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Author: Mamma Wild Thing

I'm a mamma to four little wild things and can't imagine life any other way. (Well, most days.)

35 thoughts on “Multiple Personality Parenting

  1. This is so true. It’s funny, I never realized that I parented each of my children different. I just do what I know what works with what kid. I really liked this post!

  2. I relate to this so much! I definitely have a different parenting style with each of my three kids…and sometimes I fear I’m being inconsistent, but other times I know I need to be firmer with one and more patient with another, etc. Thank you for including my quote. I’m so pleased that it would resonate with you enough to share! You have a beautiful blog by the way. So pretty! XO

  3. Perfection. Every single one of mine are different too. That quote is genius! Maybe if more moms read it and actually listen they can stop being assholes to each other and stop comparing their kids and parenting skills to each other.
    I think it may be a second child thing, mine was a horrific baby- but she turned out to be a pretty good kid after about 7 and is handling the pre-teen thing like a boss. The older “perfect baby”.. well….not.so.perfect

    • Thank you. And I agree, we need way more support among moms, less competition. And I am most definitely worried about the kids as they get older. I’m sure we’ll have some role reversals on our hands, lol.

    • It is funny that you say that because it sounds like my life, my son was simple, he was an amazing baby, toddler and small child, my daughter who is my second child was downright awful and I say that in a loving way but I mean it, she just turned five and we are not out of the water yet but she is definitely improving where as my son turns 12 on July 19th and he has done a complete 360 and became the more difficult child….I thought I might be alone on that so glad to hear I am not!

  4. Awesome!! Very very very well put!! Love it!!

  5. My first daughter sounds exactly like Saurus. I was petrified when I was pregnant with my second that I would have two needy, high maintenance kids and I would LOSE MY FRICKEN MIND. Thankfully, my second was a mellow, easy baby. And, yes. They both need different styles of parenting. My oldest will calm down with threat of taking away her favorite toy. My youngest says “Me don’t care” if I try that tactic with her. I live by a “Whatever It Takes” philosophy of parenting!

  6. I’ve pretty much felt inept since the first one arrived, and definitely after the second one. But you really made me think, and if I give myself a teeny bit of credit, I am being the right parent for each one. I’ve noticed they (2 years & 10 months) tend to rub off on each other now, so some good and some bad are emerging, but they are starting to acknowledge all the rules apply to both of them.

  7. This struck a chord with me as well. Thank you for writing this!

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  9. Damn straight! I love your style. It’s the kind of thing that only on-the-job training teaches. Well said.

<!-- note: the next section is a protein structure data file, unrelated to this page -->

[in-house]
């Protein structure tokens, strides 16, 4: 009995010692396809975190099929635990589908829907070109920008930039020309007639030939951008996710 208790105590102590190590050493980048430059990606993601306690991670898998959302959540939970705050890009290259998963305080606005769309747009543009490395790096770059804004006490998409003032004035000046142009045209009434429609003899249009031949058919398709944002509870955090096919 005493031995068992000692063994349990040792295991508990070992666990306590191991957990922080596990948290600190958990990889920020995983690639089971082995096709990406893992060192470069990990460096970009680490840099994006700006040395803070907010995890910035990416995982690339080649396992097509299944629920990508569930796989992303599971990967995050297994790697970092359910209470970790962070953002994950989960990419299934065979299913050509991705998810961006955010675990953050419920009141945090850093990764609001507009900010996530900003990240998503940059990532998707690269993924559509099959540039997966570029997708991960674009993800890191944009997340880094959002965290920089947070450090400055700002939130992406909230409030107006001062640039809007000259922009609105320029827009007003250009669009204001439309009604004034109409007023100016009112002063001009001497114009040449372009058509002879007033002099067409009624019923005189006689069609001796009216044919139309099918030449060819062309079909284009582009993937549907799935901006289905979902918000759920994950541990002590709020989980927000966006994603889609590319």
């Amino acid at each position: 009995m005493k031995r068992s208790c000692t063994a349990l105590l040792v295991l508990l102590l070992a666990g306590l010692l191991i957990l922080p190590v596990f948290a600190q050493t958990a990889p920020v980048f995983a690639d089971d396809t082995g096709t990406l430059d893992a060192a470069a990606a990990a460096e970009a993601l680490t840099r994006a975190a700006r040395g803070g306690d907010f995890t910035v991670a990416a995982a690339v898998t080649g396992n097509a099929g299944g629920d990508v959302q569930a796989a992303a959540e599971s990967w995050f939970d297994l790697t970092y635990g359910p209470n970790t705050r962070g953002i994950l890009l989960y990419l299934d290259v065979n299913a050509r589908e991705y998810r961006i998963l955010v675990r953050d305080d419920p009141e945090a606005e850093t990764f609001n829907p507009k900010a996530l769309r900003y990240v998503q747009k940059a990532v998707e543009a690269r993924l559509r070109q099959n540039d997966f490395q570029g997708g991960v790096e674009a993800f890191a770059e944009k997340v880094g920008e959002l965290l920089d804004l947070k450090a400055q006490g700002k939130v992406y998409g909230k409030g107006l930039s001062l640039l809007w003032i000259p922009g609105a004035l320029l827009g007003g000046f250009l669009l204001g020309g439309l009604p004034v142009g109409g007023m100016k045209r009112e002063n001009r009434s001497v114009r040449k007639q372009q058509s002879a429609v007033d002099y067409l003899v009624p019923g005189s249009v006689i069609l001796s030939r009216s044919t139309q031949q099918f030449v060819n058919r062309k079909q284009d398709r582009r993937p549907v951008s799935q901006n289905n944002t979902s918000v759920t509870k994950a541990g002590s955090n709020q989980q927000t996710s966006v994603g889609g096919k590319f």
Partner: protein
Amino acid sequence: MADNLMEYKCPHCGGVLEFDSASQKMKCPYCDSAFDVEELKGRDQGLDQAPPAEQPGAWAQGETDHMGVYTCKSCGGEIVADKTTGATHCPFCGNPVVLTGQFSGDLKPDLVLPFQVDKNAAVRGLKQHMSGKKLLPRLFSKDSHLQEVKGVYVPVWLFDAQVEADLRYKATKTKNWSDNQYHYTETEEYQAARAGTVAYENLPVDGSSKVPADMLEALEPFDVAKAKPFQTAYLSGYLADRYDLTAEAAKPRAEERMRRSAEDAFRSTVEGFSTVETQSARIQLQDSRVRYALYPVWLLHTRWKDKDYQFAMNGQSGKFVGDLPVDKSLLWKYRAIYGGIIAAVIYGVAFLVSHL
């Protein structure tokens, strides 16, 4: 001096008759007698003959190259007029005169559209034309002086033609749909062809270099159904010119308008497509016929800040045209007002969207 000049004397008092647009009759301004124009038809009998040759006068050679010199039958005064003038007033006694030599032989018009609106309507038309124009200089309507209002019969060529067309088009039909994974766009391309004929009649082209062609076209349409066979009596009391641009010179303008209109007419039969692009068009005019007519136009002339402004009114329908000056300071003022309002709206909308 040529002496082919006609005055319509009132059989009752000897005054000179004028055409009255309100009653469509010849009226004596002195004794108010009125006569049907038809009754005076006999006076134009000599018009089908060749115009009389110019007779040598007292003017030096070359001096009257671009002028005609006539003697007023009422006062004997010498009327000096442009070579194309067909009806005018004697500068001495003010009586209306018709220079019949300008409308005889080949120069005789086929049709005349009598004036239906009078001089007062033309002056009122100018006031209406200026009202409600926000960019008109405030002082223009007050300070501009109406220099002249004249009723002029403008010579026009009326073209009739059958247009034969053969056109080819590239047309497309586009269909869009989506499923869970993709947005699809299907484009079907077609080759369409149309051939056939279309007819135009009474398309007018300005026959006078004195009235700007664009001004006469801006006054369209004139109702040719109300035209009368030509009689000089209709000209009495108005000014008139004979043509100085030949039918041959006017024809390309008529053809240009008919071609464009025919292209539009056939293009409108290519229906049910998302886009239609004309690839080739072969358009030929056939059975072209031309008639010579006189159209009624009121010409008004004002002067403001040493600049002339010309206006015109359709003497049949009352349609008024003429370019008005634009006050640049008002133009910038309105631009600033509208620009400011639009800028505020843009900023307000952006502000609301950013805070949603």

Bonus points for quoting my favorite hairy flower.

    Came by from Honest Voices on Honest Mom’s blog.

    • Ha, ha, I almost thought you were spam when I saw the hairy flower comment but then realized what you were referring to. Thanks for stopping by and saying hi. I’ve been following you for a few weeks now (I’m so new to blogging, just more than a month at this point) and love your stuff.

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  11. Thanks for posting this, I too have to parent both of my munchkins differently because they are so very different, Sharing your post on twitter

  12. This is so terrific and so true! While I only have one son so far, I do remember how I would always say to this my parents growing up. I was the oldest and my parents had a very different lifestyle and style of parenting with me than with my younger siblings. I frequently would complain about it, and my mom would always say, “Well, all three of you were very different people too!”

    • It’s funny how you have this whole parenting notion down in your head before you have kids and then, well, you have kids and things need to shift accordingly. It’s the biggest piece of advice I give soon-to-be first-time parents.

  13. I love this perspective. My kids totally need different moms, and usually that’s exactly what they get. Thankfully, they are both pretty easy to parent, but their motivations and strengths are vastly different.

    • Thanks, Amy. I think my favorite part of this post has been all of the positive feedback I’ve gotten from other parents saying this is true for them as well. Makes me feel a lot less like I have no idea what I’m doing. 🙂

  14. I love this post!! I too have found that I am a different mom with each of my kids because as you said, each child needs something different. Thanks for a great post!!

  15. I really appreciate what you said about getting to be the parent you envisioned you would be with your first, mostly because she just happened to need that kind of parent. Reading this makes me think not only about how I parent my four and one and a half year old differently but how I parent my girls differently than my good friend and neighbor parents her children. I sometimes find myself wanting to emulate her style. But I can see now how some of what she does that I wish I could do wouldn’t work with my kids…because they are different kids. Very helpful!

  16. Love everything about this post! Thanks for sharing. Mine are quite opposite as well–4yo has always been emotional/spirited/independent, where 2yo is easy going/cuddly/mischievous–some interesting combos. 🙂 We’ve had to adjust our parenting constantly, it seems. Sometimes it seems easier to enjoy my 2yo, simply because he is easier to deal with. I find myself making conscious efforts to not give him more attention than his sister, and to make sure I’m using my daughter’s specific love languages.

    • Oh man, I hear ya on that one . . . and it makes me feel bad that I enjoy our oldest sometimes — ok, a lot of times — more than our 3 yo, but hey, parenting a child that is not always easy to deal with is quite exhausting. Also, I like your terminology — “love languages”!